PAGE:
Internet Security - Cryptography fundamentals

Internet security is becoming more relevant in life as internet is growing daily. There are many aspects of internet security. Cryptograph is a fundamental element when we talk about internet security related to encryption and decryption.

cryptography](/uploads/crypto/security-crypto-1.jpg)

In this post, I will give a summary of cypto used in network security.

terminology

Cipher

A cipher is an algorithm for performing data encryption and decryption. e.g. old day’s Caesar Cipher, Vigenere Cipher, Tranposition Cipher; today’s DES, 3DES, AES, Rivest Ciphers. See a brief desciption for each.

DES

The Data Encryption Standard (DES) has now been in use for over 35 years and still has not been found to have a signifi cant fl aw. However, because its key length is relatively short, it can be susceptible to brute - force attacks. DES uses a 64 -bit key, but only 56 of the bits are used for encryption. Unfortunately, 16 of those remaining 56 bits are known and 40 bits are unknown. The other 8 bits are used for parity. What that means, essentially, is that DES has a 40 - bit key strength. DES has two operating modes, stream cipher and block cipher. Further, each of these two modes has two types within it.

3DES

Triple DES, as the 3DES encryption algorithm has become known, essentially strengthens the original DES algorithm by applying it three times. Because the original DES algorithm is cryptographically strong, it can be made much stronger by encrypting the data three times. This triple encryption makes a brute - force attack unfeasible. The effective key strength can be either 112 bit or 168 bit, which is what Cisco uses. Let us examine how the 3DES algorithm works.

  1. A first 56 -bit key is used to encrypt the plaintext.
  2. A second 56 -bit key is used to decrypt the data.
  3. A third 56 -bit key is used to encrypt the data again.

AES

Advanced Encryption Algorithm (AES) came about after the federal government decided that it needed to create a new standard that would replace DES as the offi cial government encryption cipher. A bake - off of sorts was initiated in 1997. The winner, selected in 2000, was the Rijndael cipher, a mixture of the last names of the two creators, Joan Daemen and Vincent Rijmen. This cipher became an offi cial government standard in 2002. The Rijndael cipher uses a variable key length and block size in the implementation of the cipher. There are potentially nine different combinations of key length and block size. You may use a key length of 256 bits, 192 bits, or 128 bits to encrypt block sizes of 128 bits, 192 bits, or 256 bits.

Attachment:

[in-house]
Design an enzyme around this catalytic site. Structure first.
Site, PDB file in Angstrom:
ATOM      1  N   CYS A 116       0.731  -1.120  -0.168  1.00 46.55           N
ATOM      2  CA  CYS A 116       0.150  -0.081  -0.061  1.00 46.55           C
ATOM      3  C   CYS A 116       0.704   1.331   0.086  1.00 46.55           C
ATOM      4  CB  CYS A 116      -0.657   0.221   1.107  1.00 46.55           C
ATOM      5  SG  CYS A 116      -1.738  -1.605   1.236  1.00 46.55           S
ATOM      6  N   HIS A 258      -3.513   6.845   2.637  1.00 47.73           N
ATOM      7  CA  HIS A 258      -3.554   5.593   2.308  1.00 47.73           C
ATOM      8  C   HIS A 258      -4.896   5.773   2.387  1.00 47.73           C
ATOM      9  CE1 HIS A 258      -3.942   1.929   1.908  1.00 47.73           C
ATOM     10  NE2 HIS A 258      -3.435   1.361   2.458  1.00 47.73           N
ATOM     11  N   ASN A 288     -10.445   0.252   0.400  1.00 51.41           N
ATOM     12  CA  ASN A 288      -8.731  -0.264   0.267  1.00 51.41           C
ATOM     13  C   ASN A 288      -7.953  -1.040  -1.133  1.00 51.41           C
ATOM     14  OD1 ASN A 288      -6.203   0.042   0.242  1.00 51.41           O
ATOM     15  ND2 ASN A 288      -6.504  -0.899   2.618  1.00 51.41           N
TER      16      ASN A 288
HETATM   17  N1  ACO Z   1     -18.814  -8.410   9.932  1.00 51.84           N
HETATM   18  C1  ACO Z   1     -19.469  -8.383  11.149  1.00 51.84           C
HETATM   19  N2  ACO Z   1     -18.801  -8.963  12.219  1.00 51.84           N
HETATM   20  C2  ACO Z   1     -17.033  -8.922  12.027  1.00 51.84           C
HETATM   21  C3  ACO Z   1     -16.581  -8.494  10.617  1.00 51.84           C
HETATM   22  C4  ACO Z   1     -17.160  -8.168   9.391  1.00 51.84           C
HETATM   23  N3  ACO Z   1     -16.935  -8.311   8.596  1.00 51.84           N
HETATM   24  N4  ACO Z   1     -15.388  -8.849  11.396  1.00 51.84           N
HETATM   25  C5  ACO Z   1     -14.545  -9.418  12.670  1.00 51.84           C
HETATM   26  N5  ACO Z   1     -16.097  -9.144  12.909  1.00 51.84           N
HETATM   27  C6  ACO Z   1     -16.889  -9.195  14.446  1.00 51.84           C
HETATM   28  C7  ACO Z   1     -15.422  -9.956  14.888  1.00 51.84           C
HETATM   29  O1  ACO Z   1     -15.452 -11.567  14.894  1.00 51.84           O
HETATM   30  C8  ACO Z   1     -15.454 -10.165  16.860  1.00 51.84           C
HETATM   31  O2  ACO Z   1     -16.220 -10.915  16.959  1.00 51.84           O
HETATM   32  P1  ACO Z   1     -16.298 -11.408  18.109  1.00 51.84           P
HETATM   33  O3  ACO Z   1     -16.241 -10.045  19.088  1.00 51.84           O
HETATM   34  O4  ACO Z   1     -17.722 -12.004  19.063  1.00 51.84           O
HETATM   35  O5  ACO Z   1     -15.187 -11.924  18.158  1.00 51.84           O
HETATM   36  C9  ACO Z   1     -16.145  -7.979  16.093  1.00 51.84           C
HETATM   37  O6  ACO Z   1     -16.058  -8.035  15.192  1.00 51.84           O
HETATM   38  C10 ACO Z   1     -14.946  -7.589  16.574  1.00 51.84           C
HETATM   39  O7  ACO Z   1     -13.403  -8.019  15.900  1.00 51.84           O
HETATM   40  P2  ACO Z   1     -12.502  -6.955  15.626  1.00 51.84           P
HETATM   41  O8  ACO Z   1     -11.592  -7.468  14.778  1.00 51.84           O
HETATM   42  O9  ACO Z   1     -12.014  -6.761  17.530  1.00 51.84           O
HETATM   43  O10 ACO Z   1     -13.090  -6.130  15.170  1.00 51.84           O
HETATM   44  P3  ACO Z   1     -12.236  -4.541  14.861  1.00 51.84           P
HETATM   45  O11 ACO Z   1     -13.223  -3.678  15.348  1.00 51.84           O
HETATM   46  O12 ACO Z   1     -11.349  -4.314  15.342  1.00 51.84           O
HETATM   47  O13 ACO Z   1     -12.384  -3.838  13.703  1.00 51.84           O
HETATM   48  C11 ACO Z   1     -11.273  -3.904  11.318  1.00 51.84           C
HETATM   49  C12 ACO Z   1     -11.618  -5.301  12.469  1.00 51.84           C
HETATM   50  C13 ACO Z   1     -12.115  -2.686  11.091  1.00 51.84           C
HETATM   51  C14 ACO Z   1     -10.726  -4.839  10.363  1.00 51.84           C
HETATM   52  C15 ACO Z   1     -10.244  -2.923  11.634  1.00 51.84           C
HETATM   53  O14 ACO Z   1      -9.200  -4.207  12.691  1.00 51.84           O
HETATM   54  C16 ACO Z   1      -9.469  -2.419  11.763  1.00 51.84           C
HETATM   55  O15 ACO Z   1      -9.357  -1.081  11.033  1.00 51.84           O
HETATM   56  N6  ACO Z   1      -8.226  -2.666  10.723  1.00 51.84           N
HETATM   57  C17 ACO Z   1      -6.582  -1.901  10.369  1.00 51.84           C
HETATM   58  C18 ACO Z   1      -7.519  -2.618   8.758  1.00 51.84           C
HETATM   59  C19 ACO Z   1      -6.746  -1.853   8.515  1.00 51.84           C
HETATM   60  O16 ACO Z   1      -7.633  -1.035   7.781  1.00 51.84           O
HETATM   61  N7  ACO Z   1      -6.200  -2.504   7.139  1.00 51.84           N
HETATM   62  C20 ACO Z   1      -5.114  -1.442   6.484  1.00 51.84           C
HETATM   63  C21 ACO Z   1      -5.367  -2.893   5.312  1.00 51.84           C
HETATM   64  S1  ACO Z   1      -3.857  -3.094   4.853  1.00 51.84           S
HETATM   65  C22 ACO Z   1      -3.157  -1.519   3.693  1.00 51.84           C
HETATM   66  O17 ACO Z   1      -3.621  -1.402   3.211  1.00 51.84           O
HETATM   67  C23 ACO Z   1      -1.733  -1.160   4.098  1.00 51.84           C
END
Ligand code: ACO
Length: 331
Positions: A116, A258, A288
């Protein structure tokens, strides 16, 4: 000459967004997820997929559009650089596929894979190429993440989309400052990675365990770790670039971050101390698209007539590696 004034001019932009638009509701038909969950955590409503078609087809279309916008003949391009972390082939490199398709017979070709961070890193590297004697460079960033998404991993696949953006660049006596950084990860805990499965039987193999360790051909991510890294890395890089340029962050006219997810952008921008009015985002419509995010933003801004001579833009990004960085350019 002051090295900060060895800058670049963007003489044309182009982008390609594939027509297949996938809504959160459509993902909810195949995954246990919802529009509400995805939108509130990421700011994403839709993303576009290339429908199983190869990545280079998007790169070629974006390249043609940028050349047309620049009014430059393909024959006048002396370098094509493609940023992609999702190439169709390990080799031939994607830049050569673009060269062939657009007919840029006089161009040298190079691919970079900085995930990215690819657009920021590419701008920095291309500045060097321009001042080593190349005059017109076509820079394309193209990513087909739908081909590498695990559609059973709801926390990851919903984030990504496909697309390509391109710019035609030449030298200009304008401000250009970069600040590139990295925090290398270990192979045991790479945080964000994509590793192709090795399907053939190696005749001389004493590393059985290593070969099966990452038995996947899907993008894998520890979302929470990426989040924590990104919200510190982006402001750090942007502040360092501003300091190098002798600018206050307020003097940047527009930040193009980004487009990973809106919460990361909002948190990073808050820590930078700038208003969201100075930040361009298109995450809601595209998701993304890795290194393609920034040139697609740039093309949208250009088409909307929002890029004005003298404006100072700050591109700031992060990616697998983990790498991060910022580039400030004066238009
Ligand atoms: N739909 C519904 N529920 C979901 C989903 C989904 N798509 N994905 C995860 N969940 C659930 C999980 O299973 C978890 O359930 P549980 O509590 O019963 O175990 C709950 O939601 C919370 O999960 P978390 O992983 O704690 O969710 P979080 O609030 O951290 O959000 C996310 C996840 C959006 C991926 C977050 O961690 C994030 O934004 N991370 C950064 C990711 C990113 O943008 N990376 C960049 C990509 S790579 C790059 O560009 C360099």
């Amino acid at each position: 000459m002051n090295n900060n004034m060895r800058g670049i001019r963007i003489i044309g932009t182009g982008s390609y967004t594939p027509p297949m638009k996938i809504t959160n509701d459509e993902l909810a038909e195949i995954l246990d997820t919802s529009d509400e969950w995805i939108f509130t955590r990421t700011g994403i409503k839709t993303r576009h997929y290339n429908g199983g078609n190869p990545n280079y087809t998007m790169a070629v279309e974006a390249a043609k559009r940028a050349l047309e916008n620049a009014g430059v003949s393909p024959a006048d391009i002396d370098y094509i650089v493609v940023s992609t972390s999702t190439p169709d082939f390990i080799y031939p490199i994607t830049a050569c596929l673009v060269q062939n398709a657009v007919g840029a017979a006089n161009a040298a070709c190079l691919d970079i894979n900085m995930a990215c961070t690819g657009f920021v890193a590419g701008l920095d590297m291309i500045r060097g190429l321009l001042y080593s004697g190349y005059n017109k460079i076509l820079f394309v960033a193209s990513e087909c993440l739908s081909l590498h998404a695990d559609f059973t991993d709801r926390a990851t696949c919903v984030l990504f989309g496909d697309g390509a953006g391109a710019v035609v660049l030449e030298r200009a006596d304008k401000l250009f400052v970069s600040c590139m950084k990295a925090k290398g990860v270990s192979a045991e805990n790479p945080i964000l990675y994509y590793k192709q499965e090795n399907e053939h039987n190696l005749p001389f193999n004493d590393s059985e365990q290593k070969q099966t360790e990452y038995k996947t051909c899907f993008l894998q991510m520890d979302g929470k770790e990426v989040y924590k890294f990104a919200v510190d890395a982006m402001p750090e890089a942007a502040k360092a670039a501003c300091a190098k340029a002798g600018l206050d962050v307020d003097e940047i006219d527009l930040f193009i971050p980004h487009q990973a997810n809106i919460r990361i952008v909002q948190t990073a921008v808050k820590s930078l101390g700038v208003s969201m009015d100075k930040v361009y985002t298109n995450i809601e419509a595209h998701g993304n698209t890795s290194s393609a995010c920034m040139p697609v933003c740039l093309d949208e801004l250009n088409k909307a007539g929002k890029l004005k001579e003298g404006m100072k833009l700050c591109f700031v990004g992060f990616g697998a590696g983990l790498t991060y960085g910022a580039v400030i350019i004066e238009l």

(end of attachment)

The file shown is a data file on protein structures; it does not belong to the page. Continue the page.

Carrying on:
Rivest Ciphers

The Rivest ciphers are also known as the RC ciphers. Ron Rivest is a well -known cryptographer and professor at MIT. He is the author of the Rivest ciphers known as RC2, RC4, and RC5 and coauthor of RC6.

  • RC2: Variable - length key - block cipher, designed to be an alternative to DES.
  • RC4: Variable key - length stream cipher used frequently in file encryption products, as well as in Secure Sockets Layer (SSL).
  • RC5: RC5 has a variable - length key and variable - length block size.
  • RC6: Block cipher meant to compete for the AES standard.

Examples: encryt and decrypt a text file

We can use openssl in linux to encrypt and decryt file.

First let’s create a file named as “plaintext-hello.txt”

weng@weng-VirtualBox:/tmp$ echo "hello world" > plaintext-hello.txt
weng@weng-VirtualBox:/tmp$ cat plaintext-hello.txt 
hello world

Second, let’s encrypt it using passord “cipherme”

 weng@weng-VirtualBox:/tmp$ openssl enc -aes-256-cbc -in plaintext-hello.txt -out cipher-hello.bin
enter aes-256-cbc encryption password:
Verifying - enter aes-256-cbc encryption password:
weng@weng-VirtualBox:/tmp$ ls -l plaintext-hello.txt cipher-hello.bin 
-rw-rw-r-- 1 weng weng 32 May 29 23:21 cipher-hello.bin
-rw-rw-r-- 1 weng weng 12 May 29 16:46 plaintext-hello.txt
weng@weng-VirtualBox:/tmp$ file cipher-hello.bin
cipher-hello.bin: data
weng@weng-VirtualBox:/tmp$ hexdump cipher-hello.bin 
0000000 6153 746c 6465 5f5f b3c1 c94b f30d 73a9
0000010 1ab0 022b 57c9 40fe 3da4 3450 f47d ec8f
0000020
weng@weng-VirtualBox:/tmp$ 

Third, let’s decrypt the binary to see if we can restore “hello world” plain text. As shown below, we did it.

weng@weng-VirtualBox:/tmp$ openssl enc -aes-256-cbc -d -in cipher-hello.bin -out decrypt-plaintext-hello.txt